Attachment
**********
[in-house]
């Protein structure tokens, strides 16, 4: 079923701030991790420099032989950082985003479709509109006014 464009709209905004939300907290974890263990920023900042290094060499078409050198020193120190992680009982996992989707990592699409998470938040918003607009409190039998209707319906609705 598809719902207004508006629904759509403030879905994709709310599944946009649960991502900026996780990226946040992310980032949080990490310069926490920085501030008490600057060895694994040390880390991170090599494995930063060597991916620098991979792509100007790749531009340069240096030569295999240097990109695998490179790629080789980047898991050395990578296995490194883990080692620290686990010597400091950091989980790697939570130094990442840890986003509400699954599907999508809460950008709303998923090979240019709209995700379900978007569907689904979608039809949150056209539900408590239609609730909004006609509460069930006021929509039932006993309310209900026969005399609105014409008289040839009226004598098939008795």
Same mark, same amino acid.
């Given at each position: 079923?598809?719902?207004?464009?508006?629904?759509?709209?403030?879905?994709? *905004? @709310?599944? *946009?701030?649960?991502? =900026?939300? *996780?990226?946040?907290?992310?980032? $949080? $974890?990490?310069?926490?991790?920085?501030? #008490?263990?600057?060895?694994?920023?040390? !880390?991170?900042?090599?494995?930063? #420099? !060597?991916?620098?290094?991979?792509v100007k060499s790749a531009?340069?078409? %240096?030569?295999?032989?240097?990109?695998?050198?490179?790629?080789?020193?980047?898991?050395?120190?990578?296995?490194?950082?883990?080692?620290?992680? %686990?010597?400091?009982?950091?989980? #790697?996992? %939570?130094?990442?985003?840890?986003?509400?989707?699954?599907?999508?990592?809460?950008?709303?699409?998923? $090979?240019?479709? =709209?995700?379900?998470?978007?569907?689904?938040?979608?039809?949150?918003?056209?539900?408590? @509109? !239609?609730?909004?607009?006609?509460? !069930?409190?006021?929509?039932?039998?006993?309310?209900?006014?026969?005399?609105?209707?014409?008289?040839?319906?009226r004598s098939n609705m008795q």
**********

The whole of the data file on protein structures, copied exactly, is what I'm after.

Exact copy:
[in-house]
């Protein structure tokens, strides 16, 4: 079923701030991790420099032989950082985003479709509109006014 464009709209905004939300907290974890263990920023900042290094060499078409050198020193120190992680009982996992989707990592699409998470938040918003607009409190039998209707319906609705 598809719902207004508006629904759509403030879905994709709310599944946009649960991502900026996780990226946040992310980032949080990490310069926490920085501030008490600057060895694994040390880390991170090599494995930063060597991916620098991979792509100007790749531009340069240096030569295999240097990109695998490179790629080789980047898991050395990578296995490194883990080692620290686990010597400091950091989980790697939570130094990442840890986003509400699954599907999508809460950008709303998923090979240019709209995700379900978007569907689904979608039809949150056209539900408590239609609730909004006609509460069930006021929509039932006993309310209900026969005399609105014409008289040839009226004598098939008795």
Same mark, same amino acid.
């Given at each position: 079923?598809?719902?207004?464009?508006?629904?759509?709209?403030?879905?994709? *905004? @709310?599944? *946009?701030?649960?991502? =900026?939300? *996780?990226?946040?907290?992310?980032? $949080? $974890?990490?310069?926490?991790?920085?501030? #008490?263990?600057?060895?694994?920023?040390? !880390?991170?900042?090599?494995?930063? #420099? !060597?991916?620098?290094?991979?792509v100007k060499s790749a531009?340069?078409? %240096?030569?295999?032989?240097?990109?695998?050198?490179?790629?080789?020193?980047?898991?050395?120190?990578?296995?490194?950082?883990?080692?620290?992680? %686990?010597?400091?009982?950091?989980? #790697?996992? %939570?130094?990442?985003?840890?986003?509400?989707?699954?599907?999508?990592?809460?950008?709303?699409?998923? $090979?240019?479709? =709209?995700?379900?998470?978007?569907?689904?938040?979608?039809?949150?918003?056209?539900?408590? @509109? !239609?609730?909004?607009?006609?509460? !069930?409190?006021?929509?039932?039998?006993?309310?209900?006014?026969?005399?609105?209707?014409?008289?040839?319906?009226r004598s098939n609705m008795q």